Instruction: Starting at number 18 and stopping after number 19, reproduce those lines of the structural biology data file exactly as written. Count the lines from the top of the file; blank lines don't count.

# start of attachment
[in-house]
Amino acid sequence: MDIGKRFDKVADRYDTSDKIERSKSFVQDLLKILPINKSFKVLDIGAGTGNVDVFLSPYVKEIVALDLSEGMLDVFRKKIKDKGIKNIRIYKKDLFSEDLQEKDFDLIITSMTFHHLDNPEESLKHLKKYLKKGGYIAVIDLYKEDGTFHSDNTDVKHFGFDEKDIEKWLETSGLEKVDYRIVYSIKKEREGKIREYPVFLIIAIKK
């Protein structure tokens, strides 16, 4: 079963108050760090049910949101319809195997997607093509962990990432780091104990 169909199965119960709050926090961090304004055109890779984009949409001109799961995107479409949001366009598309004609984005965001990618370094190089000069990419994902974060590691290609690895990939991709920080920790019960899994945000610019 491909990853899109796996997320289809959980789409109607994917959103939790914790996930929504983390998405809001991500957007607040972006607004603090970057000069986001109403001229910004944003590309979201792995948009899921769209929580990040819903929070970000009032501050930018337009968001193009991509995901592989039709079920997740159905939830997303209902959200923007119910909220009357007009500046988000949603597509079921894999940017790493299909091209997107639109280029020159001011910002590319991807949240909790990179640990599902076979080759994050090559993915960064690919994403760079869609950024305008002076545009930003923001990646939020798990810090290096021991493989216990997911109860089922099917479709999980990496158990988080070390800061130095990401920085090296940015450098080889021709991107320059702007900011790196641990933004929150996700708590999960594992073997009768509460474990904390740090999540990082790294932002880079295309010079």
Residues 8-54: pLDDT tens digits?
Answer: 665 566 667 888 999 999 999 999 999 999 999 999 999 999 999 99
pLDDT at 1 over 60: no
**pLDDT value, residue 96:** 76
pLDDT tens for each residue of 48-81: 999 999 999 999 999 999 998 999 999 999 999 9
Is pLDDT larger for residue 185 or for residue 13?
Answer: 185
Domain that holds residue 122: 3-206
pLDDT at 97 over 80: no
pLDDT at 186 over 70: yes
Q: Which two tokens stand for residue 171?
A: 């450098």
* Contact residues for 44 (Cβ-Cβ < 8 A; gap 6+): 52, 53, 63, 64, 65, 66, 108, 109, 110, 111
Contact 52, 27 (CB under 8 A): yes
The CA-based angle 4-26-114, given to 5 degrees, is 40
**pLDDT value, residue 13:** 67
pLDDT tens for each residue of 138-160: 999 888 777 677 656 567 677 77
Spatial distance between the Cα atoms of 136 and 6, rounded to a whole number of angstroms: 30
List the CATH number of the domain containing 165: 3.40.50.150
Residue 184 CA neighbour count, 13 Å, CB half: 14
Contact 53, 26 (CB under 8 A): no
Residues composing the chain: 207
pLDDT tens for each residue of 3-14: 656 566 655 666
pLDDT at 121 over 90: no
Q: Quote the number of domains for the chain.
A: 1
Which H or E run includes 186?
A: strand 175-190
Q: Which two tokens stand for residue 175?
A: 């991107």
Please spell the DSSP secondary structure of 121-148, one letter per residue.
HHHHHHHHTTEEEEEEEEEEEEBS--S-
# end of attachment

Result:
The CA-based angle 4-26-114, given to 5 degrees, is 40
**pLDDT value, residue 13:** 67